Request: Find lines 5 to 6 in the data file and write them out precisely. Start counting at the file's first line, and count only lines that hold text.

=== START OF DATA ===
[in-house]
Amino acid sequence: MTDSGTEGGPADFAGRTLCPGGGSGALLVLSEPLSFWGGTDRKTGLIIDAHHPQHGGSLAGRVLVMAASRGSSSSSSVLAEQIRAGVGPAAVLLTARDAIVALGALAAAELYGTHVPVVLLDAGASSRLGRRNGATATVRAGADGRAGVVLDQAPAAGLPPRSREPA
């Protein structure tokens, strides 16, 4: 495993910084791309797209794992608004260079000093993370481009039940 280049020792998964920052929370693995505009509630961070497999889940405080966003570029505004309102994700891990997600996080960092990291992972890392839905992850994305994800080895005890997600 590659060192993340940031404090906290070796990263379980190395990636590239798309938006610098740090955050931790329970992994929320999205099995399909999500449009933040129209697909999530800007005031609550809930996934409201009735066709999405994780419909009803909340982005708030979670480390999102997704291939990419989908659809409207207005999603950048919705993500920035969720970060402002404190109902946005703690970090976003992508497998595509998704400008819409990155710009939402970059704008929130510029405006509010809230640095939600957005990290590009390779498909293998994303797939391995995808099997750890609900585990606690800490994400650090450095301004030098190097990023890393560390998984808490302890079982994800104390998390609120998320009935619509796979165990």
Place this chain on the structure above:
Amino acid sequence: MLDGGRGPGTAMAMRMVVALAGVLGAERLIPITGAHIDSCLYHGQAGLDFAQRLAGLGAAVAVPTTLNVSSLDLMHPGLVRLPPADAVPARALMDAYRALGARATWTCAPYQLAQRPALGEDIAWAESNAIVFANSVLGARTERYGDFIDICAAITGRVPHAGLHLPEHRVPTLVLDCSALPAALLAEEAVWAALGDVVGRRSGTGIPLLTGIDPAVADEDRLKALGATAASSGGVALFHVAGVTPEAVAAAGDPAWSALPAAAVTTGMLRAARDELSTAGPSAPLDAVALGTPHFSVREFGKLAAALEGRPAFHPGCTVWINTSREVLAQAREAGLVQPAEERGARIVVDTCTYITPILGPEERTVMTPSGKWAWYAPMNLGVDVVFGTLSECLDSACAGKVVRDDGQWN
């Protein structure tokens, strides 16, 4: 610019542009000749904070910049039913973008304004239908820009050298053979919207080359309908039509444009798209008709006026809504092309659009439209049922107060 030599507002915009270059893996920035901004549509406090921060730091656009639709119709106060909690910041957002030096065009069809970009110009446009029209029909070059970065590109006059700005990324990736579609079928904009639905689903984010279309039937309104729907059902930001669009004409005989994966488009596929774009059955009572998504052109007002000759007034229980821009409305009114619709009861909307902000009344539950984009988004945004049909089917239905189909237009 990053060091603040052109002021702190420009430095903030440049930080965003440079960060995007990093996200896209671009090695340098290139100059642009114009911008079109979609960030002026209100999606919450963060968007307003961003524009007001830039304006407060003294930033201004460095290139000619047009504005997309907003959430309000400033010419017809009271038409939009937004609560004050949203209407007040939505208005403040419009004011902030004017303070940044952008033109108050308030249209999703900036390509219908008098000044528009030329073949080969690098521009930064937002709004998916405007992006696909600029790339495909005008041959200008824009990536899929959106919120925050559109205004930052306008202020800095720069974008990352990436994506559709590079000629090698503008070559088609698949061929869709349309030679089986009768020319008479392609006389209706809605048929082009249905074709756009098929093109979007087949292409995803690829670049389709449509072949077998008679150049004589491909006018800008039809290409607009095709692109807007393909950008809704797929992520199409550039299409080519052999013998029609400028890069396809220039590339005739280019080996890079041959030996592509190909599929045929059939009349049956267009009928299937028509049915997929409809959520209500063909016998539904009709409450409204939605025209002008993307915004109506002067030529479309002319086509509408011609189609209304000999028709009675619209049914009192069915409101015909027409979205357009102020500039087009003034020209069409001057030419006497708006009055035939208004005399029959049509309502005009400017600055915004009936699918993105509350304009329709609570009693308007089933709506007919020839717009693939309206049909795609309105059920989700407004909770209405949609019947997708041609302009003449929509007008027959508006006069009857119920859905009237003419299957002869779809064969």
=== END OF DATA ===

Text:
Amino acid sequence: MLDGGRGPGTAMAMRMVVALAGVLGAERLIPITGAHIDSCLYHGQAGLDFAQRLAGLGAAVAVPTTLNVSSLDLMHPGLVRLPPADAVPARALMDAYRALGARATWTCAPYQLAQRPALGEDIAWAESNAIVFANSVLGARTERYGDFIDICAAITGRVPHAGLHLPEHRVPTLVLDCSALPAALLAEEAVWAALGDVVGRRSGTGIPLLTGIDPAVADEDRLKALGATAASSGGVALFHVAGVTPEAVAAAGDPAWSALPAAAVTTGMLRAARDELSTAGPSAPLDAVALGTPHFSVREFGKLAAALEGRPAFHPGCTVWINTSREVLAQAREAGLVQPAEERGARIVVDTCTYITPILGPEERTVMTPSGKWAWYAPMNLGVDVVFGTLSECLDSACAGKVVRDDGQWN
């Protein structure tokens, strides 16, 4: 610019542009000749904070910049039913973008304004239908820009050298053979919207080359309908039509444009798209008709006026809504092309659009439209049922107060 030599507002915009270059893996920035901004549509406090921060730091656009639709119709106060909690910041957002030096065009069809970009110009446009029209029909070059970065590109006059700005990324990736579609079928904009639905689903984010279309039937309104729907059902930001669009004409005989994966488009596929774009059955009572998504052109007002000759007034229980821009409305009114619709009861909307902000009344539950984009988004945004049909089917239905189909237009 990053060091603040052109002021702190420009430095903030440049930080965003440079960060995007990093996200896209671009090695340098290139100059642009114009911008079109979609960030002026209100999606919450963060968007307003961003524009007001830039304006407060003294930033201004460095290139000619047009504005997309907003959430309000400033010419017809009271038409939009937004609560004050949203209407007040939505208005403040419009004011902030004017303070940044952008033109108050308030249209999703900036390509219908008098000044528009030329073949080969690098521009930064937002709004998916405007992006696909600029790339495909005008041959200008824009990536899929959106919120925050559109205004930052306008202020800095720069974008990352990436994506559709590079000629090698503008070559088609698949061929869709349309030679089986009768020319008479392609006389209706809605048929082009249905074709756009098929093109979007087949292409995803690829670049389709449509072949077998008679150049004589491909006018800008039809290409607009095709692109807007393909950008809704797929992520199409550039299409080519052999013998029609400028890069396809220039590339005739280019080996890079041959030996592509190909599929045929059939009349049956267009009928299937028509049915997929409809959520209500063909016998539904009709409450409204939605025209002008993307915004109506002067030529479309002319086509509408011609189609209304000999028709009675619209049914009192069915409101015909027409979205357009102020500039087009003034020209069409001057030419006497708006009055035939208004005399029959049509309502005009400017600055915004009936699918993105509350304009329709609570009693308007089933709506007919020839717009693939309206049909795609309105059920989700407004909770209405949609019947997708041609302009003449929509007008027959508006006069009857119920859905009237003419299957002869779809064969």